Although there are benefits to teaching and employing ethical hacking techniques, there are problems that lead some to question the practice. It is feared that schools may be teaching dangerous skills to students that are unable to make correct decisions on how to use them.

Marcus J. Ranum, a computer security professional has openly objected to the term ethical hacker, saying "There's no such thing as an 'ethical hacker' - that's like saying 'ethical rapist' - it's a contradiction in terms" [9]. A significant part of the controversy surrounding ethical hacking arises from the older definition of hacker and its association with the idea of a computer criminal. However, some organizations do not seem to mind the association and have had a significant increase in careers where CEH and other ethical hacking certifications are preferred or required.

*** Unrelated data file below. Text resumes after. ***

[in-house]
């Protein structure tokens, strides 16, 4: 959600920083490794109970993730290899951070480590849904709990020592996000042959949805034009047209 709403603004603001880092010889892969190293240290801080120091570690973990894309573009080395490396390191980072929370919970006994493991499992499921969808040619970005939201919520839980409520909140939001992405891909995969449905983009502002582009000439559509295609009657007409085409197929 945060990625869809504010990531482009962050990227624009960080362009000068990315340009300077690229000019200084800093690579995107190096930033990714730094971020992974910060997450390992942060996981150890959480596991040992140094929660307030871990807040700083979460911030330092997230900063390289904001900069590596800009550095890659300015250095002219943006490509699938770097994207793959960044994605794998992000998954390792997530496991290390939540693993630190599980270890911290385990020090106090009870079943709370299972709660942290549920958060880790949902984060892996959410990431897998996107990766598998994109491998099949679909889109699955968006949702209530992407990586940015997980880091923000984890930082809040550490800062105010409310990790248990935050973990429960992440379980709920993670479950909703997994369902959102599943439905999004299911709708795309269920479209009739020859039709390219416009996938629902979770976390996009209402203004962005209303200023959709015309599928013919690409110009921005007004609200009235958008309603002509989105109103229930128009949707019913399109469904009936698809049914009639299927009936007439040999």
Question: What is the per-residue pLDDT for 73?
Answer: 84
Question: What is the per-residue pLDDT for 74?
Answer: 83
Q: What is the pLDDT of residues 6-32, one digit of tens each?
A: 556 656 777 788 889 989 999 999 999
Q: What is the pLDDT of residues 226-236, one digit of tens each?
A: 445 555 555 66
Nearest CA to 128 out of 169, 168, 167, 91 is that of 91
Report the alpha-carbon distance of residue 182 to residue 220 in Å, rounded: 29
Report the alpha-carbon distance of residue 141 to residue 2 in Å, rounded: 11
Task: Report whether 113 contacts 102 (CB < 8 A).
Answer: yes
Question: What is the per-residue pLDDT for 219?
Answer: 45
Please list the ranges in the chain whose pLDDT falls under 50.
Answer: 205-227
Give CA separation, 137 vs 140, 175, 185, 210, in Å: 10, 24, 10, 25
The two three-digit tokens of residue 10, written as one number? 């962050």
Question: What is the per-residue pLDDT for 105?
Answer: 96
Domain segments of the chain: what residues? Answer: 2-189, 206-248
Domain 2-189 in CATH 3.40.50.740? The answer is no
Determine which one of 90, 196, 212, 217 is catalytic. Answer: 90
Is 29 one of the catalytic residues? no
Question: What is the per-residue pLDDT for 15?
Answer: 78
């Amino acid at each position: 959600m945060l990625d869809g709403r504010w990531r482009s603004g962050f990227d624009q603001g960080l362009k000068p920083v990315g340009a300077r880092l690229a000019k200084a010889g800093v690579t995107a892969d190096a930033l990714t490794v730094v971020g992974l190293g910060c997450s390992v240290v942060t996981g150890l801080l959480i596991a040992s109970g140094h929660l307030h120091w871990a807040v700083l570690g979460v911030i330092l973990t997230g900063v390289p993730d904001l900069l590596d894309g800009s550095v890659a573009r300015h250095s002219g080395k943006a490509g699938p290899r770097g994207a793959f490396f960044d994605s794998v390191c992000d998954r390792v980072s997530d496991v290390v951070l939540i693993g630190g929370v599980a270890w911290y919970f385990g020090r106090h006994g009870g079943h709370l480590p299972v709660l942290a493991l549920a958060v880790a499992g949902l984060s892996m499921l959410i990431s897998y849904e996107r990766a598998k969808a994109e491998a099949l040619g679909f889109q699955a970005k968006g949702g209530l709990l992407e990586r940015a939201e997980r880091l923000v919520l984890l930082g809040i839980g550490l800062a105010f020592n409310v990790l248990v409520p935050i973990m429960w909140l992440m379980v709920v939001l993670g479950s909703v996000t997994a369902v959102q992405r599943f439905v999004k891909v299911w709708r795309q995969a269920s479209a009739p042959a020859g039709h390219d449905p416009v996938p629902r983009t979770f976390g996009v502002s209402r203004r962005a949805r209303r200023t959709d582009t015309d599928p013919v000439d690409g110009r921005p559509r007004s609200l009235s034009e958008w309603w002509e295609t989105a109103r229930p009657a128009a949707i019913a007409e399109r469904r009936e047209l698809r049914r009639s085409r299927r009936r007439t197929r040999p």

Ethical Issues

One of the concerns about teaching ethical hacking is that the wrong people may be taught very dangerous skills. Hacking skills were traditionally acquired by many hours of practice or intense tutoring from another hacker. University programs and commercial training classes are now offering a new way for aspiring hackers to learn how to penetrate systems. Teaching students how to attack systems without providing ethical training may be teaching criminals and terrorists how to pursue their illegal activities. Some individuals have compared teaching ethical hacking to undergraduate students to handing them a loaded gun [10].

Legal Liability